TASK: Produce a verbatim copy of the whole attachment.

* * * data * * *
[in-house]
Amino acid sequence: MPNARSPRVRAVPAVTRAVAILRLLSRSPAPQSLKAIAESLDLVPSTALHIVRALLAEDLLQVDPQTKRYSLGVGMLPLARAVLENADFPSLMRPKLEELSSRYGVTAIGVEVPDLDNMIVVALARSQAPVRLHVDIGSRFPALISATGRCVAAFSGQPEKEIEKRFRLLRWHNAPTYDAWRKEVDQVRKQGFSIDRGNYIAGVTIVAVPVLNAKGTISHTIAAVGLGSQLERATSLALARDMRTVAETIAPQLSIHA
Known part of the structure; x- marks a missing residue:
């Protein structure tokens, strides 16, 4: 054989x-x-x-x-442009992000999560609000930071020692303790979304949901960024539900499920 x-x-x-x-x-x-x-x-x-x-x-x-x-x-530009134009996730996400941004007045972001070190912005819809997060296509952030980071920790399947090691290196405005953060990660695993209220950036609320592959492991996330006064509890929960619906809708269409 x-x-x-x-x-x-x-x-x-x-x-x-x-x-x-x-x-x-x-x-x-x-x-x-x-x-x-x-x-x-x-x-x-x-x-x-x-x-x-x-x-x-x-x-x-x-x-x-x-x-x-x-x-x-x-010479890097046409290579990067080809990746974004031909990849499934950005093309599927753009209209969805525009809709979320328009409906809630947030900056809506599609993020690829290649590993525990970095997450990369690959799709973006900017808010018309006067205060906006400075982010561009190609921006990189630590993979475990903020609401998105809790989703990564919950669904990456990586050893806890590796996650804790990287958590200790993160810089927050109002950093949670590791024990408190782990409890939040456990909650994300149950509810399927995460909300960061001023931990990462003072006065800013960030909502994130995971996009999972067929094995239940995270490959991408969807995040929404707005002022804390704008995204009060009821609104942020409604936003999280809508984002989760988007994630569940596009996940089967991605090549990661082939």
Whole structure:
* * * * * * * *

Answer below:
[in-house]
Amino acid sequence: MPNARSPRVRAVPAVTRAVAILRLLSRSPAPQSLKAIAESLDLVPSTALHIVRALLAEDLLQVDPQTKRYSLGVGMLPLARAVLENADFPSLMRPKLEELSSRYGVTAIGVEVPDLDNMIVVALARSQAPVRLHVDIGSRFPALISATGRCVAAFSGQPEKEIEKRFRLLRWHNAPTYDAWRKEVDQVRKQGFSIDRGNYIAGVTIVAVPVLNAKGTISHTIAAVGLGSQLERATSLALARDMRTVAETIAPQLSIHA
Known part of the structure; x- marks a missing residue:
């Protein structure tokens, strides 16, 4: 054989x-x-x-x-442009992000999560609000930071020692303790979304949901960024539900499920 x-x-x-x-x-x-x-x-x-x-x-x-x-x-530009134009996730996400941004007045972001070190912005819809997060296509952030980071920790399947090691290196405005953060990660695993209220950036609320592959492991996330006064509890929960619906809708269409 x-x-x-x-x-x-x-x-x-x-x-x-x-x-x-x-x-x-x-x-x-x-x-x-x-x-x-x-x-x-x-x-x-x-x-x-x-x-x-x-x-x-x-x-x-x-x-x-x-x-x-x-x-x-x-010479890097046409290579990067080809990746974004031909990849499934950005093309599927753009209209969805525009809709979320328009409906809630947030900056809506599609993020690829290649590993525990970095997450990369690959799709973006900017808010018309006067205060906006400075982010561009190609921006990189630590993979475990903020609401998105809790989703990564919950669904990456990586050893806890590796996650804790990287958590200790993160810089927050109002950093949670590791024990408190782990409890939040456990909650994300149950509810399927995460909300960061001023931990990462003072006065800013960030909502994130995971996009999972067929094995239940995270490959991408969807995040929404707005002022804390704008995204009060009821609104942020409604936003999280809508984002989760988007994630569940596009996940089967991605090549990661082939």
Whole structure: